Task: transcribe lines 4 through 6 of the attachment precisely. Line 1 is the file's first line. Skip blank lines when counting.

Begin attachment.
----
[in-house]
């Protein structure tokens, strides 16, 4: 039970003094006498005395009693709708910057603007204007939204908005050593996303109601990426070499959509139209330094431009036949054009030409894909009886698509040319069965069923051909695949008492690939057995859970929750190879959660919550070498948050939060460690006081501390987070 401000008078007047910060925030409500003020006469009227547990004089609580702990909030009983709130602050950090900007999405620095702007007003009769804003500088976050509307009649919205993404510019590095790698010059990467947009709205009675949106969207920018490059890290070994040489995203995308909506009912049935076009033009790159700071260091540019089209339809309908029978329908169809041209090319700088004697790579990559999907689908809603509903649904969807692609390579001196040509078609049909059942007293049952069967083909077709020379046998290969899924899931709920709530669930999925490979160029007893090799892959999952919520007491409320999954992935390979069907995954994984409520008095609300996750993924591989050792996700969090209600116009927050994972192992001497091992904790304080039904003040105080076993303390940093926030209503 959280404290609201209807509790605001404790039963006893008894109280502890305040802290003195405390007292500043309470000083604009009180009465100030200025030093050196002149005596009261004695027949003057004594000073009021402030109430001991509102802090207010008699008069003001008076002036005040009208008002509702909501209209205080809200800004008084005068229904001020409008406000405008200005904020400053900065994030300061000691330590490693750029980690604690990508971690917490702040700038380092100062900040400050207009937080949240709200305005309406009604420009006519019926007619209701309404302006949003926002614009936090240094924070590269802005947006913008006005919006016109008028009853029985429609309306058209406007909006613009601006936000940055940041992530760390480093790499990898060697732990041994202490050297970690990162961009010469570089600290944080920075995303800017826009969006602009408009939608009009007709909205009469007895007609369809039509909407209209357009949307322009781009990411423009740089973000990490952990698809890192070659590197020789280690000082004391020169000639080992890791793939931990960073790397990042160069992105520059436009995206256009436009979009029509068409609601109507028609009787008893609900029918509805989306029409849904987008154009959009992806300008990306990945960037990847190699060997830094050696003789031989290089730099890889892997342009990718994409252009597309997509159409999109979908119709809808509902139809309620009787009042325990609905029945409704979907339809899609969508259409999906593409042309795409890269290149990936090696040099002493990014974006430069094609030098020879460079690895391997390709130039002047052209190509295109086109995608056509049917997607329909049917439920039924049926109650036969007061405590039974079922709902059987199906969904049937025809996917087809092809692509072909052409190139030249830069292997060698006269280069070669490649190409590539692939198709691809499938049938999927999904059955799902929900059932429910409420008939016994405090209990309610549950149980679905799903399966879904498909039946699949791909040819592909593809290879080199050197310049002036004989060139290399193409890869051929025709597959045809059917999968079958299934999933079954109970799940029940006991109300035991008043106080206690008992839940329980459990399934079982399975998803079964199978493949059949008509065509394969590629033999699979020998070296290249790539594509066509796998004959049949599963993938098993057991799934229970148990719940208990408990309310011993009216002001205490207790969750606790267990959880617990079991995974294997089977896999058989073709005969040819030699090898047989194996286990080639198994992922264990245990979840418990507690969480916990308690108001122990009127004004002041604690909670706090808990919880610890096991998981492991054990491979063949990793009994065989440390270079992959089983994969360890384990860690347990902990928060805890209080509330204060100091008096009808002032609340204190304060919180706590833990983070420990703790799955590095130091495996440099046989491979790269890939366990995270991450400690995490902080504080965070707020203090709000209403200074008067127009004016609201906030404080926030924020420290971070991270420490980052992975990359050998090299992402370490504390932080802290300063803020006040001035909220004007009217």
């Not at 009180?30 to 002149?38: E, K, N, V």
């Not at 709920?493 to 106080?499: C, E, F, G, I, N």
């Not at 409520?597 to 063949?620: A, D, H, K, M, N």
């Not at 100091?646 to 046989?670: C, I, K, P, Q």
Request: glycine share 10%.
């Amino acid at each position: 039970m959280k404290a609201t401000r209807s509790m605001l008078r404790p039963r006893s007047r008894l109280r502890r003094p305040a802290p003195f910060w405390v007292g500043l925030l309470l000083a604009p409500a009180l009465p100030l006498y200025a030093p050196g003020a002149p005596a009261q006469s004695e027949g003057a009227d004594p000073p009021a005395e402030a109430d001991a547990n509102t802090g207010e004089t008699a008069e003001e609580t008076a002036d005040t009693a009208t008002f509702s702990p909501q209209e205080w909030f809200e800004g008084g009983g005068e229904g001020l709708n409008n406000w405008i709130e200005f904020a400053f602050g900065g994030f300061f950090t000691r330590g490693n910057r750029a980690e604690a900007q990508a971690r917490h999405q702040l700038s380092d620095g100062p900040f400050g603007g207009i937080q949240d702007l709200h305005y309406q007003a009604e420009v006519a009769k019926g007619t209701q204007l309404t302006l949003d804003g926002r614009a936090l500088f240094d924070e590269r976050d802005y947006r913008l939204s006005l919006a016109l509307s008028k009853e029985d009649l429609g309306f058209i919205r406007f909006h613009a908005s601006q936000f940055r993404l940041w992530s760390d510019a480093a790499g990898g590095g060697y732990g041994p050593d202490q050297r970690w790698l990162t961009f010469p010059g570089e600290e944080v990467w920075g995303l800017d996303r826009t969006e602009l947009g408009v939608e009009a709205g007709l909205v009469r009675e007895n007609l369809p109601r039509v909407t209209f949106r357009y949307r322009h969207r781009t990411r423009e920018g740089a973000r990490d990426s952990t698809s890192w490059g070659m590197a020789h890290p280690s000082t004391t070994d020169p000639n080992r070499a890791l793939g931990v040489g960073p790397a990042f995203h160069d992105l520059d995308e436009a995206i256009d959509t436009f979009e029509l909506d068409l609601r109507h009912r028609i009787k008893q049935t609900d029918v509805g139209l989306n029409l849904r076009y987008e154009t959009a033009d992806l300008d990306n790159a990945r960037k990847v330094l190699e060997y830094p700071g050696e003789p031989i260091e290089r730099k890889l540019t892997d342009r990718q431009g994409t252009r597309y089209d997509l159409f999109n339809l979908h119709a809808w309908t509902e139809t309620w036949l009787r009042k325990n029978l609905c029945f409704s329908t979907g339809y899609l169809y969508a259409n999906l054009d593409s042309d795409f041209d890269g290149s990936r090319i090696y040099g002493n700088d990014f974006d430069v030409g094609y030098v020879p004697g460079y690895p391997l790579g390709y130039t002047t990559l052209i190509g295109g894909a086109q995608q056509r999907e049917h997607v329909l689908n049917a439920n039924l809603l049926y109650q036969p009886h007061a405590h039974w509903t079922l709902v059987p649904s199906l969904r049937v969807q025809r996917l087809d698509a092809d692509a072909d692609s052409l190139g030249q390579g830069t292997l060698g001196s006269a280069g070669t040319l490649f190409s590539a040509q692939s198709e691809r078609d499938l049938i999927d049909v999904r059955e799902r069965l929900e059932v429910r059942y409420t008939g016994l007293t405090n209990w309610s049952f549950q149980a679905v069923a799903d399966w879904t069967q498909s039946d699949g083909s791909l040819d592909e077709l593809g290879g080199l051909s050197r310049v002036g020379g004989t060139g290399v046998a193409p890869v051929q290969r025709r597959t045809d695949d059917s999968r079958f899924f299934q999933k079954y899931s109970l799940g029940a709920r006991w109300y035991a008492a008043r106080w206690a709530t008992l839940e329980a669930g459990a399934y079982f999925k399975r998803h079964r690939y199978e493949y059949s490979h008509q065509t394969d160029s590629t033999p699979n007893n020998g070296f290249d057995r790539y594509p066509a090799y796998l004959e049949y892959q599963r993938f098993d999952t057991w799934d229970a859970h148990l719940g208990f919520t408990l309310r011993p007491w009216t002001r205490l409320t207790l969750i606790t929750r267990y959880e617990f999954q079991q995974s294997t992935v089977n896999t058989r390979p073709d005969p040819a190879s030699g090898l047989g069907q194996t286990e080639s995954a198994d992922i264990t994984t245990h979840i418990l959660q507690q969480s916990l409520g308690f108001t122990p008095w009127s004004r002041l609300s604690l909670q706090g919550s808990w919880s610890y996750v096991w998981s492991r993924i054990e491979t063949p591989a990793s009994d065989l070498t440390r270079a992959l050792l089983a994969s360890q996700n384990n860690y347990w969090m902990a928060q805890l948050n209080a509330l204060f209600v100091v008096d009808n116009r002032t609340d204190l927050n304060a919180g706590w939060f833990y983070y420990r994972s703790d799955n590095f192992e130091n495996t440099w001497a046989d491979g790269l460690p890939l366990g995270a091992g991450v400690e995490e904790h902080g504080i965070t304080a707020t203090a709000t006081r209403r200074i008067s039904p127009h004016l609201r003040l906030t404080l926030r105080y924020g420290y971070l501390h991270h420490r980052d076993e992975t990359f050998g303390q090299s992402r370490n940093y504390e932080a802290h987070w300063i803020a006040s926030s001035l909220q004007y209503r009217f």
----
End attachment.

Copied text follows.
């Not at 709920?493 to 106080?499: C, E, F, G, I, N």
């Not at 409520?597 to 063949?620: A, D, H, K, M, N």
């Not at 100091?646 to 046989?670: C, I, K, P, Q």